On December 21, 2015, Barbara Dawson found herself in a distressing situation.

She had been a patient admitted to Calhoun Liberty Hospital in Blountstown, Florida for abdominal pain, and was discharged that day by the hospital staff. However, Ms. Dawson made her protests to that plan known, and in response, the hospital called the police department to remove Ms. Dawson. “No, no, no, no,” Dawson stated to the responding officer who was called once she refused to leave her hospital room. She protested that she felt sick.

As captured in audio by the police officer’s vehicle dashcam, the officer speaks calmly to Ms. Dawson, as she repeatedly cries out, “Oh my God, oh my God, oh my God.” She is then taken outside, and collapses. She lies on a parking lot for almost 20 minutes before being rushed back into the hospital, where she ultimately dies about 90 minutes after the officer first arrived.

While investigations are currently underway as to the surrounding circumstances of what happened, audio reveals that Ms. Dawson shouted to the officer that she can hardly breathe, and shouts “Please don’t let me die!” at another point. Despite those statements, the officer continued to handcuff Ms. Dawson. When Ms. Dawson collapsed outside, a physician approached her, and noted that the situation “is totally different than what she was when I was discharging her.”

The medical examiner reported that she died from a blood clot in her lungs, which is often immediate and fatal—difficult to detect and often impossible to treat. The hospital stated that, while they couldn’t discuss her situation directly, they generally only ask for patients to be removed when there is “a cause for concern about other patients’ care or safety.” Additional information reveals that hospital staff has called police multiple times since 2006 in regard to disturbances by Ms. Dawson.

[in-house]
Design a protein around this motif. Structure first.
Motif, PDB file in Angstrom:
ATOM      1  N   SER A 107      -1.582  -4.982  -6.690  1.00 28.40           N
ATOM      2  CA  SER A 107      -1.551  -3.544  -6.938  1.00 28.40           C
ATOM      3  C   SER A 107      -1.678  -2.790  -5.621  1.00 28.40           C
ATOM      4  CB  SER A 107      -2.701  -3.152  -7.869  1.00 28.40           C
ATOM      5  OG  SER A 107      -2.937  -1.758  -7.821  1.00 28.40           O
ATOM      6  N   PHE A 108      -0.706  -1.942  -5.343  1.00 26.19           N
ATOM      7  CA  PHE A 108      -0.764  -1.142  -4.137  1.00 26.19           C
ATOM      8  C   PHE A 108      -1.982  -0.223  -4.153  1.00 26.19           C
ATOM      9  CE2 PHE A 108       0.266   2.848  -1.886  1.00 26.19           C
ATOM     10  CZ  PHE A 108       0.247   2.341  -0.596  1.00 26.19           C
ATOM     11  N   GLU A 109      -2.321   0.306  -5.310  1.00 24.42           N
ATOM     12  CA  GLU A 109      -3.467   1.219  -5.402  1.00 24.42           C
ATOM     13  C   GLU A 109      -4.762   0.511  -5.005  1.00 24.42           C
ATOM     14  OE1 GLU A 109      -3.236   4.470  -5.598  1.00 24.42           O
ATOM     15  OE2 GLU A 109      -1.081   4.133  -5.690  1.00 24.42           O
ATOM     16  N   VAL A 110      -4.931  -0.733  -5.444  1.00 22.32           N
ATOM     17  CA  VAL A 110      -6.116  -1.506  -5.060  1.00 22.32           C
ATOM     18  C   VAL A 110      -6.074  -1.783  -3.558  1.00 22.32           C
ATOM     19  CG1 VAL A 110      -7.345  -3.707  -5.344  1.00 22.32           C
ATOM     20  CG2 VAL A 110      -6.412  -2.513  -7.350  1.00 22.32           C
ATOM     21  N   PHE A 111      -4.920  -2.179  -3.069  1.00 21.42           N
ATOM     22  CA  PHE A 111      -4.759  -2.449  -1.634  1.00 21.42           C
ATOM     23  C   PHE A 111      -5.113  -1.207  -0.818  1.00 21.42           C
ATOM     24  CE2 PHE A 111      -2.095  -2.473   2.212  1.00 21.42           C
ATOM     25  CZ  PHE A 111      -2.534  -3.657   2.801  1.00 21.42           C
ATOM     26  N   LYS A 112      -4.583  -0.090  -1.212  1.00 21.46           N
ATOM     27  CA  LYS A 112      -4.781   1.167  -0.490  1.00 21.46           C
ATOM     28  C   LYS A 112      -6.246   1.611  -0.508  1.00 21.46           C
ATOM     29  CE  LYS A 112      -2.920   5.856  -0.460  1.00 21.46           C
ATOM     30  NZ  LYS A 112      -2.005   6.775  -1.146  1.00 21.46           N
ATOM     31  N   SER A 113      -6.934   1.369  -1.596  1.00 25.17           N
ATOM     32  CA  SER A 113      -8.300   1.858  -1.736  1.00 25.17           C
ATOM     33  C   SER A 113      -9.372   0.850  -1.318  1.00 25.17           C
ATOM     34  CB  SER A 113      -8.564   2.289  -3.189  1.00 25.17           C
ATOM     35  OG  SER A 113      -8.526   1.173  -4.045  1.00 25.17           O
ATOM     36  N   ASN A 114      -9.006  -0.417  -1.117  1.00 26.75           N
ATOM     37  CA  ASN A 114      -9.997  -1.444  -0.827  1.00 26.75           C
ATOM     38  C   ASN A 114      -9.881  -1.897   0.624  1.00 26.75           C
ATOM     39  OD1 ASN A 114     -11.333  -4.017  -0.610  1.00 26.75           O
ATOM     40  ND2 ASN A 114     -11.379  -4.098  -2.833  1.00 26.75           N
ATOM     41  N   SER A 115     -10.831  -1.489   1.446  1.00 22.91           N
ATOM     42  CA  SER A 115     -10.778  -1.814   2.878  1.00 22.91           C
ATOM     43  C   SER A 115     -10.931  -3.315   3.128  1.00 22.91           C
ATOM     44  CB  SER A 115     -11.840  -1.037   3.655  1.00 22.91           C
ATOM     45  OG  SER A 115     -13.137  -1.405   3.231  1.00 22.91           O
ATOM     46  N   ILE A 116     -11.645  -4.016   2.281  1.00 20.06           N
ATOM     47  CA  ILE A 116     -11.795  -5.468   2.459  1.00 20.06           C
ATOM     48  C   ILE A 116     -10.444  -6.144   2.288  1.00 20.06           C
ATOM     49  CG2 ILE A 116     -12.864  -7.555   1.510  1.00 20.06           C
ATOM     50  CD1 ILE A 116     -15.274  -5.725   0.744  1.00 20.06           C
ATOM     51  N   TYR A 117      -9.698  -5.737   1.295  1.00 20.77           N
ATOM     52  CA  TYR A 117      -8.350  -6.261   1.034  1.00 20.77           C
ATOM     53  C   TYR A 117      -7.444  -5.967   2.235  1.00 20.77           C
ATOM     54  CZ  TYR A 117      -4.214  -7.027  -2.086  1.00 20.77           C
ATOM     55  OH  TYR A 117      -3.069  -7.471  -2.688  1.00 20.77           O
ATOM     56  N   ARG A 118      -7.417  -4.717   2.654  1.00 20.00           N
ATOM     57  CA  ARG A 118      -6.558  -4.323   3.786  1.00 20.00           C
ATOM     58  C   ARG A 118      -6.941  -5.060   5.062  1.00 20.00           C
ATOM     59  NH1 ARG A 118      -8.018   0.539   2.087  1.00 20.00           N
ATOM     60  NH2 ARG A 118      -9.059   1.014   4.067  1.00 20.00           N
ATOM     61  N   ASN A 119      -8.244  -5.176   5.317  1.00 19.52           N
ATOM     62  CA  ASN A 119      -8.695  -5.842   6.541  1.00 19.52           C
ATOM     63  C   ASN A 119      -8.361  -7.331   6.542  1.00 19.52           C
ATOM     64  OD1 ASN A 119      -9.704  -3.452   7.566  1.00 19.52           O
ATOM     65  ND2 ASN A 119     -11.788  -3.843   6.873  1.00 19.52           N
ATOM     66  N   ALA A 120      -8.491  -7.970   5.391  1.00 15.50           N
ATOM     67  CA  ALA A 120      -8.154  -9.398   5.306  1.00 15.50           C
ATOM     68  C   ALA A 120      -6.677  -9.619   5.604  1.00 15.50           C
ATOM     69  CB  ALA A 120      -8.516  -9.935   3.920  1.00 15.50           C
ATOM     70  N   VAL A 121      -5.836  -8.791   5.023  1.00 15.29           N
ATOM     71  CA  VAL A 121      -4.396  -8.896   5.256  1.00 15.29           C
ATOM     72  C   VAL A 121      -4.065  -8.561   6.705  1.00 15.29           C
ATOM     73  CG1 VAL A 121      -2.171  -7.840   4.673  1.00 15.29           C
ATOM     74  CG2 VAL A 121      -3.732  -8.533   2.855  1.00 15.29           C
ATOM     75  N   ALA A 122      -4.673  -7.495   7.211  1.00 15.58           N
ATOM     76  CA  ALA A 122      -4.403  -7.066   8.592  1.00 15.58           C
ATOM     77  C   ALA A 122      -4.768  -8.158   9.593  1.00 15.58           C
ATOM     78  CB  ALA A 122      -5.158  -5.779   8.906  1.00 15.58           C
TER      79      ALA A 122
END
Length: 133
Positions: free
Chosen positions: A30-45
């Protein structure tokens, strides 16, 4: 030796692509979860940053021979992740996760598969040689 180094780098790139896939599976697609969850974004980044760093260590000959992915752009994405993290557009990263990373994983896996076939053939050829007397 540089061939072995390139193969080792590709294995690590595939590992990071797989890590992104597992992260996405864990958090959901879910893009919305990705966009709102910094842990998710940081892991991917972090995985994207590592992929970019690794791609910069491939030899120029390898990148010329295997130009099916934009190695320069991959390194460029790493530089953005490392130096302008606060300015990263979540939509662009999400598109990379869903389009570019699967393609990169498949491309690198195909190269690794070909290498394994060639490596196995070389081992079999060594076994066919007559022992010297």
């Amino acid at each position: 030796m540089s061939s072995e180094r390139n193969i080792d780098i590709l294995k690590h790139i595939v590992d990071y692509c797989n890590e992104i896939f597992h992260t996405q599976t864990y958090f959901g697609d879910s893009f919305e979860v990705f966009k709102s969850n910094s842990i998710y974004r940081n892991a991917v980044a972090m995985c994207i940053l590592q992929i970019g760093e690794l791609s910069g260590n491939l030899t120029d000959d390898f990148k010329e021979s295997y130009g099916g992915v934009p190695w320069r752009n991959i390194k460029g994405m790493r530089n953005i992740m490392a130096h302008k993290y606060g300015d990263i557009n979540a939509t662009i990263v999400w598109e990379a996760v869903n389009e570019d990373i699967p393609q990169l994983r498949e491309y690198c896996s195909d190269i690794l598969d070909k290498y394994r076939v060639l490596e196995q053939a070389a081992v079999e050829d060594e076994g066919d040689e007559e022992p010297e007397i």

Ms. Dawson’s family indicated they are currently considering a lawsuit against the hospital and police department.

Ms. Dawson’s family’s attorneys may choose to bring a wrongful death lawsuit as a result of Ms. Dawson’s death. Wrongful death is a death that occurs due to the negligence or misconduct of another. To prove negligence, the Plaintiff must show that the Defendant owed a duty to the deceased to use reasonable care, breached that duty, and, as a result, caused the decedent’s death. Damages must also be proven as a result of the death, as damages are not presumed in negligence cases. Because Florida is a “pure comparative” negligence state, damages may be apportioned against parties based on those parties’ percentage of fault (and not on the basis of the doctrine of joint and several liability). Therefore, a jury could, in this case, apportion fault to more than one party, and this could include the injured – or in this case – deceased, party. If Ms. Dawson is found to be partially negligent, the amount of damages her family would receive would be reduced in accordance with the percentage of fault the jury assigns to her.

This case will be an interesting one to watch. For more discussion on wrongful death lawsuits, including the standard, and who may bring a lawsuit, click here. If your loved one has died as a result of another’s negligence, call us today. We can help determine whether you are entitled to any compensation.

Steve was born in New Orleans, Louisiana. As was the practice for new doctors his father worked day and night during his medical residency at Charity Hospital there. Steve comes from a long line of doctors. His father, his grandfather, his great grandfather, even two uncles were all specialists and/or surgeons in their chosen medical specialties, including internal medicine specialist, obstetrics / gynecology, neurosurgery and general practice / surgery. His great-great grandfather was the Surgeon General of Ohio during the Civil War.